While one lane in each direction will remain open throughout this final upgrade task, motorists who cannot clear the worksite between the bridge and Limosa Road by 7am should expect frequent and long delays.

They also can expect to move very slowly through the worksite as they will be travelling close to the heavy machinery, working on the southern half of the road before traffic is switched and the northern lanes are reconstructed.

On Wednesday 26 October, traffic will be further congested as the southern lane of the bridge will be closed to allow a repair of the eastern approach. All traffic will move under the direction of stop / slow flagmen on the northern lane outside peak hours from 10am to 2pm.

“There’s no easy solution to easing the pain for motorists over the next two weeks except to urge them to use the alternate route via Bilambil and Terranora roads if they cannot travel early and clear the roadworks before 7am,” Construction Engineer Bob Hanby said.

19 October 2016
Membership push to transplant community garden

Organisers of a community garden in Murwillumbah are looking for a more permanent site and are calling for assistance from the community.


Passionate members of the Murwillumbah Community Garden Group have been operating on private land in West End Street. They are looking to build on their progress so far by moving to a more permanent location that is closer to the Murwillumbah town centre.


Council has been supportive of the initiative and is assisting the group’s efforts to relocate.


“The group is inspired to create a new community gardening space where all interested people are welcome to garden together,” project coordinator Pam O’Connor said.


“It can be a really fruitful initiative in which participants learn from each other and grow healthy food.


“Our group is hopefully at the beginning of its own growth spurt – we have started a campaign to attract new members and have begun identifying potential sites for a new garden.”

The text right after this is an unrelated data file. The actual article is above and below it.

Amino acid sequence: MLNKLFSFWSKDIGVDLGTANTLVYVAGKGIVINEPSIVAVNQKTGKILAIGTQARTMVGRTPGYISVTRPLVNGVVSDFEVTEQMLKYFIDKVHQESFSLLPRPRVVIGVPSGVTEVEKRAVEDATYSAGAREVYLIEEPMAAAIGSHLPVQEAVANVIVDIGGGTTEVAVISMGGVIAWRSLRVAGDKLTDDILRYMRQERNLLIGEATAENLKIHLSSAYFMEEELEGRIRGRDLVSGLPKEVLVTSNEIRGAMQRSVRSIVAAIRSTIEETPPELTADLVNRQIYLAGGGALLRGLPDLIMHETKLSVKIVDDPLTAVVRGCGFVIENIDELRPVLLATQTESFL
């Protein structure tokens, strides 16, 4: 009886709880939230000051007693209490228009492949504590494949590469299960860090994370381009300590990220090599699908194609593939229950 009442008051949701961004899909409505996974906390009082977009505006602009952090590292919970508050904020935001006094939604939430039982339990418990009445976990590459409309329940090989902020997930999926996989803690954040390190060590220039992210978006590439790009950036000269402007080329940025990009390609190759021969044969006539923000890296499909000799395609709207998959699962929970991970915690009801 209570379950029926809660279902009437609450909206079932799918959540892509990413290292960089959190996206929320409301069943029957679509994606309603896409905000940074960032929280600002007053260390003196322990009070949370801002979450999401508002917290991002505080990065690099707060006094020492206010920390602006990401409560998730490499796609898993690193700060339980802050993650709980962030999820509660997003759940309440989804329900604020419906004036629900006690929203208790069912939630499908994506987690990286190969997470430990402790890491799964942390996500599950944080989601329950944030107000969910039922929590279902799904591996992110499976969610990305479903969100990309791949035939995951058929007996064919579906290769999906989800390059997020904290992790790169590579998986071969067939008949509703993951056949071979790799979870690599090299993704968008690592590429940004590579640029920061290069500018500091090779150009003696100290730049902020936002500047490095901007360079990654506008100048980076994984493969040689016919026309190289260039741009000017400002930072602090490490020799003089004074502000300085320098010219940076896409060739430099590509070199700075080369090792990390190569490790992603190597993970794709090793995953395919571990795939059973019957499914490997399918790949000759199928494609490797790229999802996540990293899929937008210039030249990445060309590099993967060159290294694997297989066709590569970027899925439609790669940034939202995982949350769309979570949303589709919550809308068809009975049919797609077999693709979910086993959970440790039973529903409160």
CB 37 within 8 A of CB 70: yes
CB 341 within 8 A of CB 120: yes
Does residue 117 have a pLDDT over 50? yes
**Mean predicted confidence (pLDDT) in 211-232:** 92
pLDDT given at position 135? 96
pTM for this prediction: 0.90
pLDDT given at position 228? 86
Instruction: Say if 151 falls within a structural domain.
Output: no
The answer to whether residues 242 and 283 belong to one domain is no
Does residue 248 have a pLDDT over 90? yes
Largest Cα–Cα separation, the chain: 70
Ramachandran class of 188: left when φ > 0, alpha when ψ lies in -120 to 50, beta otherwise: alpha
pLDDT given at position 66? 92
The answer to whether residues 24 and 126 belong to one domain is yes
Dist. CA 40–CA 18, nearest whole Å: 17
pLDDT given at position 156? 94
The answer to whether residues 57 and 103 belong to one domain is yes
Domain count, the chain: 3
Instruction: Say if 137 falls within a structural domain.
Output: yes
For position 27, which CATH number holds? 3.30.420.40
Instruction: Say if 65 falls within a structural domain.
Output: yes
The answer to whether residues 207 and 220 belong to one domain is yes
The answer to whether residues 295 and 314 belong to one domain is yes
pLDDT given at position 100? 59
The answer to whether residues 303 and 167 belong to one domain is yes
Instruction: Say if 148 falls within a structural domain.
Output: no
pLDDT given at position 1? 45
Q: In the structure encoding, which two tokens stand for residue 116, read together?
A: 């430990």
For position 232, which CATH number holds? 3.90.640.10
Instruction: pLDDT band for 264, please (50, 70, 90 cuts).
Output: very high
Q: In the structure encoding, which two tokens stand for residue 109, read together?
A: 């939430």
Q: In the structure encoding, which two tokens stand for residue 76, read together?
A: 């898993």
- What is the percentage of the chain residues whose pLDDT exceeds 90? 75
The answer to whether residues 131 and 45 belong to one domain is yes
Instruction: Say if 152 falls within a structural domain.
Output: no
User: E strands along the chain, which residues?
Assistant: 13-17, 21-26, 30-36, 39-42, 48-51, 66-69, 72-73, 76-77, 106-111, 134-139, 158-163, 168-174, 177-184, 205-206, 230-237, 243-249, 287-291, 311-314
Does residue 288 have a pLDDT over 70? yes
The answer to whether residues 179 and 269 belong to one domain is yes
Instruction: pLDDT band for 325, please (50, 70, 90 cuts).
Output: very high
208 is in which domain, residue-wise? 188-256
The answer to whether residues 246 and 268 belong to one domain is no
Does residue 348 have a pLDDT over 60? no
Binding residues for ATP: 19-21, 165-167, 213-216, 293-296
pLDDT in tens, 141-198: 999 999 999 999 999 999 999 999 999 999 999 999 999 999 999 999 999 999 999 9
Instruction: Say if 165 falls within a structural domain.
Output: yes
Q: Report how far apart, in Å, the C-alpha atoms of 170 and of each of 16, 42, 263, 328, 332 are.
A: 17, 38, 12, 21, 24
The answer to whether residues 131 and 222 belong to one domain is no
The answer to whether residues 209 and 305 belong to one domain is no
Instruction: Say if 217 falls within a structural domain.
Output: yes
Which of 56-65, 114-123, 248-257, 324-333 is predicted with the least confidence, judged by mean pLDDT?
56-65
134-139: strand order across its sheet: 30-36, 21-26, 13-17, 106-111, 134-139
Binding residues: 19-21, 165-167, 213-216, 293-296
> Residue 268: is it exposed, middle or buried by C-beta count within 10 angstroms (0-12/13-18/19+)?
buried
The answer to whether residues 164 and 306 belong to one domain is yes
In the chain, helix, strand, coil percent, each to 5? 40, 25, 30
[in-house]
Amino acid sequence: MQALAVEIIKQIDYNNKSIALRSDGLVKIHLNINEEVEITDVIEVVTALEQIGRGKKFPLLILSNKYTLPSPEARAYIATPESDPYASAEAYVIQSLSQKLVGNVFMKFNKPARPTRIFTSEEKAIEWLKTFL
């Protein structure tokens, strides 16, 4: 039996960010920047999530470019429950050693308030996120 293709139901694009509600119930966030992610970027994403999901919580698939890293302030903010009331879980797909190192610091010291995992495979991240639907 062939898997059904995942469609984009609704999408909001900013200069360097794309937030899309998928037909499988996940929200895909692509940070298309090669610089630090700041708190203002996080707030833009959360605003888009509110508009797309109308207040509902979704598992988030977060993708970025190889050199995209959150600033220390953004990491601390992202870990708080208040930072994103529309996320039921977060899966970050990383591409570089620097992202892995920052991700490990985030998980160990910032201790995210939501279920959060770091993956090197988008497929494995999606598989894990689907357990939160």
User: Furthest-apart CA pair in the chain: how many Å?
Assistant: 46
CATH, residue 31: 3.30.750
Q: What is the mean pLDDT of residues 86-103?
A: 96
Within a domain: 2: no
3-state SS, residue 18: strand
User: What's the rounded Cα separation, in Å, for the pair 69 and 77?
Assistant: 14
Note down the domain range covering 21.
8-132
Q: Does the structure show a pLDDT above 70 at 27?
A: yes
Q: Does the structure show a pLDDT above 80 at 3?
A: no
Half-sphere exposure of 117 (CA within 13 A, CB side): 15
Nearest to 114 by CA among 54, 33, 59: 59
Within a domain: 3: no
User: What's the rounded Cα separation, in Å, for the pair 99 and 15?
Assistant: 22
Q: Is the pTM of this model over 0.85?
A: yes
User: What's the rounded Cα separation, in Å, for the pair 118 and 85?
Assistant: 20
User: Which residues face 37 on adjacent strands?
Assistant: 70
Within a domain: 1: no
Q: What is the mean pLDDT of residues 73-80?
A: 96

Group members recently met with representatives of Council, Northern NSW Local Health District, The Family Centre and the Murwillumbah Community Centre to consider priorities and requirements for a new site, such as accessibility, safety, area of land, shade, parking, storage, picnic facilities and access to water.


There are already five community gardens in Tweed Shire, bringing residents together to grow and harvest healthy food, share knowledge about different gardening methods and recycling, help save and protect diverse plants and seeds.


“They also connect communities socially,” Council’s Sustainability Program Leader, Deb Firestone, said.


“Council is excited about this campaign to establish a new space that will build community interest and knowledge in gardening and improve the health and wellbeing of our community.”


The Murwillumbah Community Garden Group campaign will include forming a committee to oversee the garden’s development.


“So we’re inviting people with experience working with committees - or just a passion for gardening or giving back to the community – to get involved,” Ms O’Connor said.


The group is also seeking donations to assist with expenses such as public liability insurance.


For further information about the Murwillumbah Community Garden, phone Pam O’Connor on 0401 605 023 or Deb Firestone on (02) 6670 2555.


18 October 2016
Evening work to patch Kingscliff roundabout

Stop / slow flagmen will be in place on the five-way roundabout at the intersection of Pearl, Boomerang, Seaview and Sutherland streets in Kingscliff on Thursday afternoon (20 October) as Council works to patch the road pavement.